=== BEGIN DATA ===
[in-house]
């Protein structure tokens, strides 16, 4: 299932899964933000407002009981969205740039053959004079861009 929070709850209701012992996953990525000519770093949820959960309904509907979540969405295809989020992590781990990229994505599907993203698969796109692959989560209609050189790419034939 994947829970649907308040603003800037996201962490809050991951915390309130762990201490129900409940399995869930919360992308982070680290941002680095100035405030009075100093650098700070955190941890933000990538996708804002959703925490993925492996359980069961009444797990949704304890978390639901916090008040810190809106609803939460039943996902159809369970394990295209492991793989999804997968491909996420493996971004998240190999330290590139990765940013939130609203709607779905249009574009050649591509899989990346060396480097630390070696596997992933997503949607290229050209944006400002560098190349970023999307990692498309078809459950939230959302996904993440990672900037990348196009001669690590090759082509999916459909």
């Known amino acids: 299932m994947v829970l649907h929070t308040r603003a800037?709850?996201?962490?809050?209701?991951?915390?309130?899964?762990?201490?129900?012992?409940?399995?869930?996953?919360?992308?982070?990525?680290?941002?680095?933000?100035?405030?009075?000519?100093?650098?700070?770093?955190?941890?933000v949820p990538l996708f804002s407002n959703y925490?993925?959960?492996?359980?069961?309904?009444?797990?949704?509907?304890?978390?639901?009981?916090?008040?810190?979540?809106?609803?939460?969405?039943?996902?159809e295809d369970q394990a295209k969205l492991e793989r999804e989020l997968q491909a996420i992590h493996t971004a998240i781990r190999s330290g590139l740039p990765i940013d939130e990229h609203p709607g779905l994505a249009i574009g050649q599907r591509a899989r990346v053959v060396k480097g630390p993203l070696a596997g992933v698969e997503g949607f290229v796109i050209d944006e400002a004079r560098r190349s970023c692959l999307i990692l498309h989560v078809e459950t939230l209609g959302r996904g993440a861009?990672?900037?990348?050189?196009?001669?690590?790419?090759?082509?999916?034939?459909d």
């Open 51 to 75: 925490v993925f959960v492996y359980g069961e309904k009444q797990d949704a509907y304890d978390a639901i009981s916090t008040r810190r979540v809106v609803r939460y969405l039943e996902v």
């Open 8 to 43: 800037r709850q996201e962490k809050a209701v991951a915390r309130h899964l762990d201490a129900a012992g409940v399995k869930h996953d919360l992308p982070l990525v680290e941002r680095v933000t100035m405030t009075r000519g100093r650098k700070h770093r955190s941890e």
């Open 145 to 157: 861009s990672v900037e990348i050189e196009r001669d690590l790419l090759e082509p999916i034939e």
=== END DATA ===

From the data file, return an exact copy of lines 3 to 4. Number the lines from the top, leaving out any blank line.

């Known amino acids: 299932m994947v829970l649907h929070t308040r603003a800037?709850?996201?962490?809050?209701?991951?915390?309130?899964?762990?201490?129900?012992?409940?399995?869930?996953?919360?992308?982070?990525?680290?941002?680095?933000?100035?405030?009075?000519?100093?650098?700070?770093?955190?941890?933000v949820p990538l996708f804002s407002n959703y925490?993925?959960?492996?359980?069961?309904?009444?797990?949704?509907?304890?978390?639901?009981?916090?008040?810190?979540?809106?609803?939460?969405?039943?996902?159809e295809d369970q394990a295209k969205l492991e793989r999804e989020l997968q491909a996420i992590h493996t971004a998240i781990r190999s330290g590139l740039p990765i940013d939130e990229h609203p709607g779905l994505a249009i574009g050649q599907r591509a899989r990346v053959v060396k480097g630390p993203l070696a596997g992933v698969e997503g949607f290229v796109i050209d944006e400002a004079r560098r190349s970023c692959l999307i990692l498309h989560v078809e459950t939230l209609g959302r996904g993440a861009?990672?900037?990348?050189?196009?001669?690590?790419?090759?082509?999916?034939?459909d």
């Open 51 to 75: 925490v993925f959960v492996y359980g069961e309904k009444q797990d949704a509907y304890d978390a639901i009981s916090t008040r810190r979540v809106v609803r939460y969405l039943e996902v």